This has been blamed on factors such as cultural expectations and stereotypes, financial considerations and lack of awareness. In the US there is no universal legal entitlement to paid leave for parents. But in Sweden men use around 45% of the parental leave available. The government also plays a crucial role in ensuring there is affordable, or free childcare. Lack of affordable childcare can place a considerable financial burden on families such that going back to work can be an uneconomic option, as the salary is taken up by childcare costs. It can also influence the choice of who stays home to care for children as it makes financial sense for the lower earner of the household to take time off.
Since we have a gender pay gap this is more likely to mean the mother takes the extended period of time off, which further impacts their progression and future earning potential. Organisations can continue to support parents once back at work, with ways to enable a better balance between home and work-life, such as flexible working, which involves adjusted start and finish times, or hours adjusted ‘as required’. Another option is creche facilities at work. Google, for example, has policies that enable staff to bring children into work by offering creche facilities and by being open to parents having children in the workplace when required. Job share schemes also enable parents to balance their caring responsibilities with work.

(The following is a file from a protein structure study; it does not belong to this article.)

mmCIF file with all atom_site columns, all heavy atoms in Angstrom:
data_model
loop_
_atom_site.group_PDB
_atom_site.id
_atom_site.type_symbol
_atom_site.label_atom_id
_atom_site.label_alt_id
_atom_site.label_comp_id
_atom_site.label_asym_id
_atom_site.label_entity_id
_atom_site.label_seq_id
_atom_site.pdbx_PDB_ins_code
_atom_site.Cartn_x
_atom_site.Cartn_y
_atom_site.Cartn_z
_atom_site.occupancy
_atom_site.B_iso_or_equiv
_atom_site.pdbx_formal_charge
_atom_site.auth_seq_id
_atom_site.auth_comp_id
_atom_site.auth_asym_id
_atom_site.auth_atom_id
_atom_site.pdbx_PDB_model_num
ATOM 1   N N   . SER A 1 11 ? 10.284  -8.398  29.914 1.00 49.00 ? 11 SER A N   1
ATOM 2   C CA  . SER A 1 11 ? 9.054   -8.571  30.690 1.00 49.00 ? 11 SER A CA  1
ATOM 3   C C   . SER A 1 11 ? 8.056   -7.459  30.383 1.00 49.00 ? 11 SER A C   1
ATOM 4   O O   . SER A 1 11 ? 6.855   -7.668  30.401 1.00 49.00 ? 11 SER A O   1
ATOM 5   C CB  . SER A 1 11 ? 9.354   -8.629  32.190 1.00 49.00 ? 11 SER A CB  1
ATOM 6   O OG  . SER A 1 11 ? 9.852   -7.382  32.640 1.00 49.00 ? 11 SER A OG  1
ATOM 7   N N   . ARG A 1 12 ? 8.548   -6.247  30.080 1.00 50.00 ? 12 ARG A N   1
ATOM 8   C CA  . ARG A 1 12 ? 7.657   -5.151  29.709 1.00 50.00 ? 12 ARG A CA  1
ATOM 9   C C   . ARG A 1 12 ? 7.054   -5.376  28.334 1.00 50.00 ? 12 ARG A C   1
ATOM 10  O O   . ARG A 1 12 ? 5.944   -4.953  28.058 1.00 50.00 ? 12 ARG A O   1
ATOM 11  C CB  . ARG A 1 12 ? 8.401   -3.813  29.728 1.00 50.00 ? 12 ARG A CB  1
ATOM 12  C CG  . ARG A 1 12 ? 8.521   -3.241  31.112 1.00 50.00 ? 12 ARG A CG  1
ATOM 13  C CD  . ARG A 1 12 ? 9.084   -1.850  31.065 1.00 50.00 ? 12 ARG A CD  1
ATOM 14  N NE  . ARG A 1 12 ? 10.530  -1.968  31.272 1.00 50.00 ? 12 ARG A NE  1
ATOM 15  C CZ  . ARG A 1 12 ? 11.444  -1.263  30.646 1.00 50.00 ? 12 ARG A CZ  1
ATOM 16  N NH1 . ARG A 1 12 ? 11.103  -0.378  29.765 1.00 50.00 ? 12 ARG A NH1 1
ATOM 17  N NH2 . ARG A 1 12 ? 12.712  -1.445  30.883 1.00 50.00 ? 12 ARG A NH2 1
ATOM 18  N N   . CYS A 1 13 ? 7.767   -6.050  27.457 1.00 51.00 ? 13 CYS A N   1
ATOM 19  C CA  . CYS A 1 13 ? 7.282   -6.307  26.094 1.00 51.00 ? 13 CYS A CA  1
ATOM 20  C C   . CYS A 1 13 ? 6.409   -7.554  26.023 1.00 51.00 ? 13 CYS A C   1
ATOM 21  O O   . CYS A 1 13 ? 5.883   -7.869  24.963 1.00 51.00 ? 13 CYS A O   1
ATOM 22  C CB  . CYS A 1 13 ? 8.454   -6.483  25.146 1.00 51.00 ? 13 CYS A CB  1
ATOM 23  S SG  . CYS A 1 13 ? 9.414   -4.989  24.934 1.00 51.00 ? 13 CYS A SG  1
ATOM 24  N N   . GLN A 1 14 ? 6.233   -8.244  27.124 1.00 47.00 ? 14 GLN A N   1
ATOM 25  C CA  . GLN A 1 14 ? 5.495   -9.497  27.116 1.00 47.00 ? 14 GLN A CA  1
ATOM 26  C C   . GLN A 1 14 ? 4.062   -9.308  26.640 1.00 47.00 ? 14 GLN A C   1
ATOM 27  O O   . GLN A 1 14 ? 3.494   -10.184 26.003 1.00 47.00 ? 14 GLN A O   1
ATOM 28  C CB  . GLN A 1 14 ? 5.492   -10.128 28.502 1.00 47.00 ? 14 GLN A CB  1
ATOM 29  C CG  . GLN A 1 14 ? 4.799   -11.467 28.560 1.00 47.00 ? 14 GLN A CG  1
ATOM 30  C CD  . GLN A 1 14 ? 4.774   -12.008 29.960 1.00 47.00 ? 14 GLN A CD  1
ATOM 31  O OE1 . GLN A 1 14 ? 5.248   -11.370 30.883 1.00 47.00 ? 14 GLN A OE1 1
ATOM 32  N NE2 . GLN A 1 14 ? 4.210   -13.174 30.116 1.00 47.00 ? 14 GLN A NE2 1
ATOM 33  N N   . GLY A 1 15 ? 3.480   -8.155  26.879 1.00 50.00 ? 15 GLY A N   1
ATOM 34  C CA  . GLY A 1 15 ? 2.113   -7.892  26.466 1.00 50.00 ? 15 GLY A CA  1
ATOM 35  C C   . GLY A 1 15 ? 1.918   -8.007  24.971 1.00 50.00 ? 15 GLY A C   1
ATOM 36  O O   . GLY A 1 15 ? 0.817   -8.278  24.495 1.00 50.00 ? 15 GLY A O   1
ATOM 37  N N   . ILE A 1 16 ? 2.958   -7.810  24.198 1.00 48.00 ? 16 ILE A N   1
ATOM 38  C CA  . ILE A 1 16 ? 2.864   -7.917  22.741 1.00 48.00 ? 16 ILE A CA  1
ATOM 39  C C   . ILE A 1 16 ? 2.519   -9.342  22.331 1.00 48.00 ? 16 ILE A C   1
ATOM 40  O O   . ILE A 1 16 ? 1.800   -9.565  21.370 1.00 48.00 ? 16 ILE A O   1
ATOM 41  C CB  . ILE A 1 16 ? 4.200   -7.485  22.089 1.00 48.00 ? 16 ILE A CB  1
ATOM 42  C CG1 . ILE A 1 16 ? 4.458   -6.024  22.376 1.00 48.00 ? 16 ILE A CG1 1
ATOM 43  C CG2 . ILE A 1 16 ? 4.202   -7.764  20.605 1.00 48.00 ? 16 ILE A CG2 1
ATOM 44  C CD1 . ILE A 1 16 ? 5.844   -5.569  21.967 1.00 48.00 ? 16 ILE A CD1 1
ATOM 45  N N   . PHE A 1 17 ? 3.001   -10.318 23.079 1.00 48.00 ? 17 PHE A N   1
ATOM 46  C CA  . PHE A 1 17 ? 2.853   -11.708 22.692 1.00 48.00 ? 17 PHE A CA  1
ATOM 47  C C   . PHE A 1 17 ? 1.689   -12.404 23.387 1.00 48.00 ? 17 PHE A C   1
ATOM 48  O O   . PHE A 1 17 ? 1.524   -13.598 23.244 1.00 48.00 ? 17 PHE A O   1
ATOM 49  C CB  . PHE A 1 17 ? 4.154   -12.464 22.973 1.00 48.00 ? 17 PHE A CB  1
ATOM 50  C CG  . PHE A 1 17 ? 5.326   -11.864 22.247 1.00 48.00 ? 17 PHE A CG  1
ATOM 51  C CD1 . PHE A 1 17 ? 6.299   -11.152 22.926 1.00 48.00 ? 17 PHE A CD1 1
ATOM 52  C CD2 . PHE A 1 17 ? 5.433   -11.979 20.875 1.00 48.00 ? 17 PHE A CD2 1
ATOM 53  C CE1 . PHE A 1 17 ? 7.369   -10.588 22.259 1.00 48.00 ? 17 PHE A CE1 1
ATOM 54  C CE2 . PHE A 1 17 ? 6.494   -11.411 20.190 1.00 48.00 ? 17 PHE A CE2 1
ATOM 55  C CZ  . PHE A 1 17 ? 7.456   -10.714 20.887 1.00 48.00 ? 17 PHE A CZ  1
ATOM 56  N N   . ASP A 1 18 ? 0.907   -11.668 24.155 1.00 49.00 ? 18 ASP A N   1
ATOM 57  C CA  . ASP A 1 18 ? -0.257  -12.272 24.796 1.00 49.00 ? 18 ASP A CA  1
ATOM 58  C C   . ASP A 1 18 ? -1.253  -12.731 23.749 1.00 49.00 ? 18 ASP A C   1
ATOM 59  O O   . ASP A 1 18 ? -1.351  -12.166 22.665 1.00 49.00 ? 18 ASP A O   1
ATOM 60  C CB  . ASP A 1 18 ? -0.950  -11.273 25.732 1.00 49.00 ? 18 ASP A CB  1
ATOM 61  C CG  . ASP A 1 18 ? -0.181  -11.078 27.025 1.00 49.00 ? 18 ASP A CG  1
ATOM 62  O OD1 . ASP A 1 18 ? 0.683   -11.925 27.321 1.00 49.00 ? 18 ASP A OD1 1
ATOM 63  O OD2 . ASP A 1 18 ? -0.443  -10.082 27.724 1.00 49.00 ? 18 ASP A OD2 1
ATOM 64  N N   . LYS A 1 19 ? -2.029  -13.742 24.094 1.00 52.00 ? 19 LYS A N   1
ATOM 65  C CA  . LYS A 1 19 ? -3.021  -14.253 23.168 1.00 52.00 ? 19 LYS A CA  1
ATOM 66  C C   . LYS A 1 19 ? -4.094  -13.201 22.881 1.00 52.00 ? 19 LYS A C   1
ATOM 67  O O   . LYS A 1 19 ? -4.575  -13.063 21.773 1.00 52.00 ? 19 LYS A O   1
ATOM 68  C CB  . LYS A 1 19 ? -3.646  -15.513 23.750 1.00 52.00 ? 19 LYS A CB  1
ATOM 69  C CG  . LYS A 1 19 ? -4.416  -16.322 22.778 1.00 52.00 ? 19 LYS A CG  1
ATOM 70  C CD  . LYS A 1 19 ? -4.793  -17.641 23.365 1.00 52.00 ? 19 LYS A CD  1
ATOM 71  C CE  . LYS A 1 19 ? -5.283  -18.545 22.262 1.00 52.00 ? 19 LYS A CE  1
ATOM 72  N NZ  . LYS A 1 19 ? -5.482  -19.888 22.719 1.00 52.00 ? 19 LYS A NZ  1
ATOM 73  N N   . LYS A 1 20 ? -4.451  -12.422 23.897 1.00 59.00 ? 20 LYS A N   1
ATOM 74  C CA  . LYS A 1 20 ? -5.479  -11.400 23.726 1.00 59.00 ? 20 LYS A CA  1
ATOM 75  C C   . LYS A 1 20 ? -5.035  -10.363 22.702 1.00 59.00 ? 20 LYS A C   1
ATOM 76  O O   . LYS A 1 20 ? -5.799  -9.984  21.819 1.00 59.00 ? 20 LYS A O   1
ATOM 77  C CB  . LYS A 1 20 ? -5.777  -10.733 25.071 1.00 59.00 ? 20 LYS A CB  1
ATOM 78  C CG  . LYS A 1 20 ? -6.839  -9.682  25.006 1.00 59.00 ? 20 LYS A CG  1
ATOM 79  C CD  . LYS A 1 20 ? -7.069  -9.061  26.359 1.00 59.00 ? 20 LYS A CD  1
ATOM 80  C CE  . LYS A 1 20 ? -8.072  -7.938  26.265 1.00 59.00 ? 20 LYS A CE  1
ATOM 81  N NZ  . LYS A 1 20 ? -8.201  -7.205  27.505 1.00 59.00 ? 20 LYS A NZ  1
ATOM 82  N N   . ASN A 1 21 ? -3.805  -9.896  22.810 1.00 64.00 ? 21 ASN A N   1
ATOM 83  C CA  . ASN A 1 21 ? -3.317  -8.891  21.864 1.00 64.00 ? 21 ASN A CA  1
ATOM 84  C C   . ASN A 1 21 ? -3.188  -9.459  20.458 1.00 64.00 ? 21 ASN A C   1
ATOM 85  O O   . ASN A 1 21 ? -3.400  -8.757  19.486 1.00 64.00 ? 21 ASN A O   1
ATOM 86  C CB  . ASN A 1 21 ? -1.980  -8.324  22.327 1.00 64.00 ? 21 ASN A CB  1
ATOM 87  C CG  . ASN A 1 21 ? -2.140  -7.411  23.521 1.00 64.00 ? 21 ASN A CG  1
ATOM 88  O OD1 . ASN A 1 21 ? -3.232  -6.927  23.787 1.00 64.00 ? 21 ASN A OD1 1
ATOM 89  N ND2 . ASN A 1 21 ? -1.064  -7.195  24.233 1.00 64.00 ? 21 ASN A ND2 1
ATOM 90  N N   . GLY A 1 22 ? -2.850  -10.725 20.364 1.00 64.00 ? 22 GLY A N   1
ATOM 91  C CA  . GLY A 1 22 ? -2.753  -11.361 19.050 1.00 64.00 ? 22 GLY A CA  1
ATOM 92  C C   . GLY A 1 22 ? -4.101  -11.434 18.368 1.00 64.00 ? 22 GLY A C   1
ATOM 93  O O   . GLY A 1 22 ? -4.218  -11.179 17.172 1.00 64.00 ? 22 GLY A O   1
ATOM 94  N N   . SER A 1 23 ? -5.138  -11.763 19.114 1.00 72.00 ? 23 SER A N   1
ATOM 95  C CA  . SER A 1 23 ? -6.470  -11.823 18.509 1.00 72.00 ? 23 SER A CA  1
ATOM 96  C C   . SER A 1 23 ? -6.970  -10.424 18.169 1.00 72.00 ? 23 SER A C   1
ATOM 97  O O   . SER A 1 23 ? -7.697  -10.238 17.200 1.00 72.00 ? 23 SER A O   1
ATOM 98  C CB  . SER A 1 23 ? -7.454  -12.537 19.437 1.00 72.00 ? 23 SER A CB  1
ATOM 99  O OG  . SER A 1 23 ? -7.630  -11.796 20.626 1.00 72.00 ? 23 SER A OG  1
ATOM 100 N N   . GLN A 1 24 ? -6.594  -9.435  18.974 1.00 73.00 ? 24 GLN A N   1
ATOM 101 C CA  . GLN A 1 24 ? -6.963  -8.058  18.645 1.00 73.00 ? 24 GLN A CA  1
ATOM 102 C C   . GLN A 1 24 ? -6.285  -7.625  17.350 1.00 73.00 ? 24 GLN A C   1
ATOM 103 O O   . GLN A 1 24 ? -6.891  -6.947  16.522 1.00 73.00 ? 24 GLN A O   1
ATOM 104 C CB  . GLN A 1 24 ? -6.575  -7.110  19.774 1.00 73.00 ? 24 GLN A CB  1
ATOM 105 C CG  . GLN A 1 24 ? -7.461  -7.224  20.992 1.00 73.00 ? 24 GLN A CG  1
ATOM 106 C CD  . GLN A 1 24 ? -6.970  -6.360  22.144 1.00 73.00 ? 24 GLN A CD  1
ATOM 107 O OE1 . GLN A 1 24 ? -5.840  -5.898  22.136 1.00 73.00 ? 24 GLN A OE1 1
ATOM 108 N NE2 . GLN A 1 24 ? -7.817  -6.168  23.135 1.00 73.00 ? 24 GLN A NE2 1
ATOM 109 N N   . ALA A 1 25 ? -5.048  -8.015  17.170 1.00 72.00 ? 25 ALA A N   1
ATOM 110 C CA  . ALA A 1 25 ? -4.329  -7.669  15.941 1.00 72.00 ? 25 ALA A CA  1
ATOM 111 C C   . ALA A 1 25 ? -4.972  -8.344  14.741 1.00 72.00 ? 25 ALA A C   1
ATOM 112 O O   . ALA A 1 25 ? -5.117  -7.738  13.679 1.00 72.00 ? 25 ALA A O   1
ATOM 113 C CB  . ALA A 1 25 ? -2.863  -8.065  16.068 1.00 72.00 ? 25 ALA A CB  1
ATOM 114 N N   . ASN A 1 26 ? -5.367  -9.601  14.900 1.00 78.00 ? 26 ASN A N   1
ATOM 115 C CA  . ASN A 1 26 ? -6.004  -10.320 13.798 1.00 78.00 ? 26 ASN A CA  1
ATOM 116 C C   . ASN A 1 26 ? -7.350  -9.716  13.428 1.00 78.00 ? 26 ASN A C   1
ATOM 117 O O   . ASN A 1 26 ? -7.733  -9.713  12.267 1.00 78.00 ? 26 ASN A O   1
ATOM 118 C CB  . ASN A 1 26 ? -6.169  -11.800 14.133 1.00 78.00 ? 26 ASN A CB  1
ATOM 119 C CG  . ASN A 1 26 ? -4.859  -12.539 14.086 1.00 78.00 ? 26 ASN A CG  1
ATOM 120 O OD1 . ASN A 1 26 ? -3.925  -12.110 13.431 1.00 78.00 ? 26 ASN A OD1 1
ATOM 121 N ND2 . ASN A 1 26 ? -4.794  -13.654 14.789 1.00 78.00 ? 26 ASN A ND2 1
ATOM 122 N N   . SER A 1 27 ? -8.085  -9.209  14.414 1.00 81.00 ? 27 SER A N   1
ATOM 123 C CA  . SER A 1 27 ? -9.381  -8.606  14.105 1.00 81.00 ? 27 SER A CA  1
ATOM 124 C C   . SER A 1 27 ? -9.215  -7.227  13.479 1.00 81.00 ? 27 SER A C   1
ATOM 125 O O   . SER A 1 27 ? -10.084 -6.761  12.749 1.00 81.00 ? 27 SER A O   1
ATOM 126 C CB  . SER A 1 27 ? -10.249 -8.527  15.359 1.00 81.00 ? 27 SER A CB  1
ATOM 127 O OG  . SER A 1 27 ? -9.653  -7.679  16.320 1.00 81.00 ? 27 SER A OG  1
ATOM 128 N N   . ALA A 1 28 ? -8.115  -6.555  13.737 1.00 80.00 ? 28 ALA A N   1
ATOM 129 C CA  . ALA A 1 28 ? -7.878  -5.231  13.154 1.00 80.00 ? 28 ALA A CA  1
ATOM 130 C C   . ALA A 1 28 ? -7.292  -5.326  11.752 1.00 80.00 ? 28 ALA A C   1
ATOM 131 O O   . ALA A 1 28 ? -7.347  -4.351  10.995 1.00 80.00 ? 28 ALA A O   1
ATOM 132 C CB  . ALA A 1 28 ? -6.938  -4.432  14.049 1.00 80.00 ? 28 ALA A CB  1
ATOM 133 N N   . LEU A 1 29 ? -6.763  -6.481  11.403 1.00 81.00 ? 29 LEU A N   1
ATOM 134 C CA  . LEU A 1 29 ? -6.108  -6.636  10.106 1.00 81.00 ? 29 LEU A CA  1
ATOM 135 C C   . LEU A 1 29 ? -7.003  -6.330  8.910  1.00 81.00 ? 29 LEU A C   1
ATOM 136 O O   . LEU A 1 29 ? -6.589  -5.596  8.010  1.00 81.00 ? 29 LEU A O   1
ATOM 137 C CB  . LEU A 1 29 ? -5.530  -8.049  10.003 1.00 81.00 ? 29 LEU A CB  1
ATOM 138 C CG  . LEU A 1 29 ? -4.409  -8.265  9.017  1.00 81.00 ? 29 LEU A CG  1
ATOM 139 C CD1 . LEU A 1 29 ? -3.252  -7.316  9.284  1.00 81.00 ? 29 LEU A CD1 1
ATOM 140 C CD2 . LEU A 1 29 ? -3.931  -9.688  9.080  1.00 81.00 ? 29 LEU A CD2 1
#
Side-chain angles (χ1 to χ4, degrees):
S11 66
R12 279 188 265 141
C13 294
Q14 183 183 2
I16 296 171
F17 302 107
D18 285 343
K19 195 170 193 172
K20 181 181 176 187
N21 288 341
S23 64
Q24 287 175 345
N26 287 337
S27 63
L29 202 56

Or employers could offer a mix between home and office-based working. These initiatives have relevance for all parents, but it is worth mentioning the particular challenges faced by lone parents. Lone parenting is a diverse category when considering the experiences faced by them, which can range from those who take on the care of their children without any assistance, to those who have extended support networks that share some of the responsibilities. Support made available to these parents, especially those who take on the full share of caring, are particularly important, as otherwise they might not be able to access the workplace. Lone parenting can be seen as disadvantaging lone fathers in a different way to mothers.